The AP English Language and Composition course is designed to help you become a skilled reader of a variety of texts as well as becoming a skilled writer. You’ll achieve this through awareness of the interactions among a writer's purposes, audience expectations, and subjects, as well as the ways that writing rules and language use contribute to effective writing.

Skill in writing proceeds from your awareness of your own composing processes: the way you explore ideas, reconsider strategies, and revise your work. This experience of the process of composing is the essence of the first-year college writing course, and the AP English Language and Composition course emphasizes this process. In the course, you will write essays that proceed through several stages or drafts, with revision aided by your teacher and peers. These extended, revised essays are not part of the AP English Language and Composition Exam, but the experience of writing them will help you become a more self-aware and flexible writer (which may help your performance on the AP Exam!).

In addition to engaging in varied writing tasks, you will read and become acquainted with a wide variety of prose styles from many disciplines and historical periods. Due to the increasing importance of graphics and visual images in texts published in print and electronic media, you will learn to analyze images as they relate to written texts and serve as alternative forms of texts themselves.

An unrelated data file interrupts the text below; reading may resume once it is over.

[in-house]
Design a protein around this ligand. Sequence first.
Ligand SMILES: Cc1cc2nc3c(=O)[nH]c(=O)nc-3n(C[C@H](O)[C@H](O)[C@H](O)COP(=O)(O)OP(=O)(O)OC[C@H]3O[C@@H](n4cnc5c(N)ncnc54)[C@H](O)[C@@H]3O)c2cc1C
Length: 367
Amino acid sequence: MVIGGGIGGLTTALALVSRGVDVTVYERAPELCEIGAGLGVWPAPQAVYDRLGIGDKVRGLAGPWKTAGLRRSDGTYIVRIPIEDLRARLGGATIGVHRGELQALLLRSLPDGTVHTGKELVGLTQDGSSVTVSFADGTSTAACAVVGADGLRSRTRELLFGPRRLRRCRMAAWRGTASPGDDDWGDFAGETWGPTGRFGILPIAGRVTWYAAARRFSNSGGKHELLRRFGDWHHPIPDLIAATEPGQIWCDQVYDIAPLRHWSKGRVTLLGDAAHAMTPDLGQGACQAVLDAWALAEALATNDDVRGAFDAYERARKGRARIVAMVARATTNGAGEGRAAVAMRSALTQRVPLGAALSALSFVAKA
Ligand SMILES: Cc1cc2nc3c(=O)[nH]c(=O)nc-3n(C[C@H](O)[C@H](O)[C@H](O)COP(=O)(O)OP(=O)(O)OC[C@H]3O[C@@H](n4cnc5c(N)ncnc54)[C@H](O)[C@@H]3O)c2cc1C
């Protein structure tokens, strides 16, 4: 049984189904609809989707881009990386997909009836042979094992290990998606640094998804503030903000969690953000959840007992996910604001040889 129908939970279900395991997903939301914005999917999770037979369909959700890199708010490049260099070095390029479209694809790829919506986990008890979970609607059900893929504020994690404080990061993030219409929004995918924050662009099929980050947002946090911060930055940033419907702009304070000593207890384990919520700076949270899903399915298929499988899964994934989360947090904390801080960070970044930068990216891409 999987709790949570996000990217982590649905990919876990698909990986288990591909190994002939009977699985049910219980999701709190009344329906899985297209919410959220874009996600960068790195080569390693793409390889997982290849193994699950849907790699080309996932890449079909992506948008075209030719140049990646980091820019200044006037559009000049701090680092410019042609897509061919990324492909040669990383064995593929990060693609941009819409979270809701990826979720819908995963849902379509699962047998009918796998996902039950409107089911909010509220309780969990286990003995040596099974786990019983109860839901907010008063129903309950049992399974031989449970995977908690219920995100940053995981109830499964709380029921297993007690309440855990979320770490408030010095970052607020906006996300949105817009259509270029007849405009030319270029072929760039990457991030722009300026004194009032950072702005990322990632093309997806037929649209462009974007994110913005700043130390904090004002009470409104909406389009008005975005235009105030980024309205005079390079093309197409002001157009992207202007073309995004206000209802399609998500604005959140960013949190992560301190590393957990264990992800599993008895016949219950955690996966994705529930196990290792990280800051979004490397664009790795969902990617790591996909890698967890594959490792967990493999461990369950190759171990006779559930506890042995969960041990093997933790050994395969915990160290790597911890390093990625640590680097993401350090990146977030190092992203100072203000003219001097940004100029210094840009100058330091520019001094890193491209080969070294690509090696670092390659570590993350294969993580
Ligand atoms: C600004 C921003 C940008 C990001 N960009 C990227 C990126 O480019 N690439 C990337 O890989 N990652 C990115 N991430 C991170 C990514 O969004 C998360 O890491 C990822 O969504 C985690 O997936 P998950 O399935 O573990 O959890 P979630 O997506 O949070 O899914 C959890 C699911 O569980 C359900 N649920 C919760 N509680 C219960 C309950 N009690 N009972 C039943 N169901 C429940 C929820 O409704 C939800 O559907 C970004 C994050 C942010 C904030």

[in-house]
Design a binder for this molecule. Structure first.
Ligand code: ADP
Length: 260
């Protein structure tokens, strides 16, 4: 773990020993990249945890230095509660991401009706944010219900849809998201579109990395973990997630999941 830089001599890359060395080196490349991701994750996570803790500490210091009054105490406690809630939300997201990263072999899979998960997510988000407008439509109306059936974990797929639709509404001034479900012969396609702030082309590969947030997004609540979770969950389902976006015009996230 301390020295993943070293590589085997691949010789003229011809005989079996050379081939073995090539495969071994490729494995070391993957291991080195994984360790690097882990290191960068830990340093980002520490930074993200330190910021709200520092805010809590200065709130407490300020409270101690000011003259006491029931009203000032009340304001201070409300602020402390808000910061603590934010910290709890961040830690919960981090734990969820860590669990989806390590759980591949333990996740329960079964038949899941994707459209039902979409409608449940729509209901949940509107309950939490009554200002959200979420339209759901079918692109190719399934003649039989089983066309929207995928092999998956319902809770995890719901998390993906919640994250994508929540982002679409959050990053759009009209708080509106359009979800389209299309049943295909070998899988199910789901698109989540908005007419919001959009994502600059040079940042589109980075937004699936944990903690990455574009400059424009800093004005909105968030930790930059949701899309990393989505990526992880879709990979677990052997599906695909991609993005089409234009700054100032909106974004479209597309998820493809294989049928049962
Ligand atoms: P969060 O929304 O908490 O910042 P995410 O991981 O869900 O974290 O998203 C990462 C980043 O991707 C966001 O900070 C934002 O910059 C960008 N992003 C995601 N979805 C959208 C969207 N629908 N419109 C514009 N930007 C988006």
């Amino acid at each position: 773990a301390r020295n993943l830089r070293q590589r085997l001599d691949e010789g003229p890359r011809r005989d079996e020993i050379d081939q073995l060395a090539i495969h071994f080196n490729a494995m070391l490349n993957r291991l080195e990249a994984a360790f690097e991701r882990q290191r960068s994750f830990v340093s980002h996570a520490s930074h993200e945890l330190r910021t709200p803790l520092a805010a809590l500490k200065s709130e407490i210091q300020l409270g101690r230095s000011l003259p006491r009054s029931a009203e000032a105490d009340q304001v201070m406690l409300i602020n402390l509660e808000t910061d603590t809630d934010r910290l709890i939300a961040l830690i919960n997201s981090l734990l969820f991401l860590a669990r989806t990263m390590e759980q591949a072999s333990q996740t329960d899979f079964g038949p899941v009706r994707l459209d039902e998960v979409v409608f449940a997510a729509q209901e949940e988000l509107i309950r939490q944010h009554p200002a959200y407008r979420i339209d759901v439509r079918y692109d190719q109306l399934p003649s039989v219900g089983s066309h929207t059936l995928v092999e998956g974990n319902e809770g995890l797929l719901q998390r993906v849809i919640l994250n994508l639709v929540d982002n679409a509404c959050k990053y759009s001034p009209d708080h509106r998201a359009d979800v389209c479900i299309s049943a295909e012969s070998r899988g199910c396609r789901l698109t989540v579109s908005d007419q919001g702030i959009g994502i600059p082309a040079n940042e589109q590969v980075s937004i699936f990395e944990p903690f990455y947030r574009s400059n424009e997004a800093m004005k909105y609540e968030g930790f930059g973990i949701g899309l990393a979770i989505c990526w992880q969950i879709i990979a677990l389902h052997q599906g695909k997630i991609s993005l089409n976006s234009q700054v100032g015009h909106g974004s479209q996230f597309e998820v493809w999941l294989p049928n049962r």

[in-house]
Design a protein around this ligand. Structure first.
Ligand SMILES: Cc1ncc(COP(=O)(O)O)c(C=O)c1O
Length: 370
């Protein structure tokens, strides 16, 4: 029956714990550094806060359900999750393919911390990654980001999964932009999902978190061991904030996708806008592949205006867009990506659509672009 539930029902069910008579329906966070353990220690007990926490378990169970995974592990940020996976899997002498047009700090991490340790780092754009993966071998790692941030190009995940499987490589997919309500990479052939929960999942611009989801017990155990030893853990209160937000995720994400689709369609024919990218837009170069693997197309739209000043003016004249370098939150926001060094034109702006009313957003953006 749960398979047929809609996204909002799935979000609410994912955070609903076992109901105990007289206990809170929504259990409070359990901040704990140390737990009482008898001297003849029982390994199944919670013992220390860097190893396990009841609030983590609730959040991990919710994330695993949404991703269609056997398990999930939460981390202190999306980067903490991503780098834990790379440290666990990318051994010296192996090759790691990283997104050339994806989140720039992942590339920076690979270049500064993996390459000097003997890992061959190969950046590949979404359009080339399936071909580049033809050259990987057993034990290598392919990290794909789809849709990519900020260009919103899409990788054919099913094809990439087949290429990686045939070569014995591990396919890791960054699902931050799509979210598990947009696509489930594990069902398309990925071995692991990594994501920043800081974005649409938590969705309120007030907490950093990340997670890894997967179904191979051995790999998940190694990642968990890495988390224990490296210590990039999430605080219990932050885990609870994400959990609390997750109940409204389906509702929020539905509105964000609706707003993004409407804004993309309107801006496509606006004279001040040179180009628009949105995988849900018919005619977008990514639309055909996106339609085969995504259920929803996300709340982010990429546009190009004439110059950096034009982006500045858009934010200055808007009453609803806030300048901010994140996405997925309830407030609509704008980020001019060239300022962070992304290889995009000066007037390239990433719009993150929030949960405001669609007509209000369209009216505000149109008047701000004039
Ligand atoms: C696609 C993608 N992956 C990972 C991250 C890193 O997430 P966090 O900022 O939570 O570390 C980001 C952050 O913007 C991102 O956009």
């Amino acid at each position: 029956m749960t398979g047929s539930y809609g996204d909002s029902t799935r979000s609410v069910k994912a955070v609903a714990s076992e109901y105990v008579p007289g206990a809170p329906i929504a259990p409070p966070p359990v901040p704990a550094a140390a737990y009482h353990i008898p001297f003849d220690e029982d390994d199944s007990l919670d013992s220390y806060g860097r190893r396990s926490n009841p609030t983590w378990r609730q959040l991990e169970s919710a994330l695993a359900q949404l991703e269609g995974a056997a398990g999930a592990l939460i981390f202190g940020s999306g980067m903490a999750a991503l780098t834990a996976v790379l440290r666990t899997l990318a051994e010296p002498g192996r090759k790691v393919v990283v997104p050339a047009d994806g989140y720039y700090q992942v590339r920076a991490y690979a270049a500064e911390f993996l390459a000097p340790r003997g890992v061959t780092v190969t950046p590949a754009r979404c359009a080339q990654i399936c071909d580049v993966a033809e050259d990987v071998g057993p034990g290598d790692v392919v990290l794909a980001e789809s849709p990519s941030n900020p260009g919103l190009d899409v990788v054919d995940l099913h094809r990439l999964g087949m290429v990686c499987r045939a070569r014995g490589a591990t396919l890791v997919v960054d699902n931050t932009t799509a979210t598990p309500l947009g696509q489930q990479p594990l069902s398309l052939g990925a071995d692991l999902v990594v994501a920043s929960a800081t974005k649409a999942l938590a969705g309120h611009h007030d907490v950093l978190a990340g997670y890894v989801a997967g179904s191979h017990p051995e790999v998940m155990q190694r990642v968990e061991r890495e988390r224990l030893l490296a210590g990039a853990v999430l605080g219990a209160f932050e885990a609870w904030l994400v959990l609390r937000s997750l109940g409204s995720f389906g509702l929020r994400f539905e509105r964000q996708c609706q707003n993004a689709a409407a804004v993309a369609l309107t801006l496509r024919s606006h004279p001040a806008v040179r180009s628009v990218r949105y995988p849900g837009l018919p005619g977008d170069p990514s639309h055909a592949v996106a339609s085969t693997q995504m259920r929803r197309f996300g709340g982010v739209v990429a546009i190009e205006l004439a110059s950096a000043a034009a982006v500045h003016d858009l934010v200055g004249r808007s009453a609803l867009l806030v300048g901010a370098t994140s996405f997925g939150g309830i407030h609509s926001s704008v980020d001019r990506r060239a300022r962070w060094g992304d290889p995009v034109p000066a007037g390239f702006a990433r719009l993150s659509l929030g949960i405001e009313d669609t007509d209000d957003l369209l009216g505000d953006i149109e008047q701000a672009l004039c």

Using research materials and synthesizing information from various sources are integral parts of the AP English Language and Composition course. You will learn to evaluate the legitimacy and purpose of sources used. One way to do this is through the researched argument paper, which will require you to sort through various interpretations of information to analyze, reflect upon, and write about a topic. When you bring the experience and opinions of others into your writing in this way, you enter into conversations with other writers and thinkers, which in turn helps your writing become more thoughtful and substantive — just what is required in college and careers!

 

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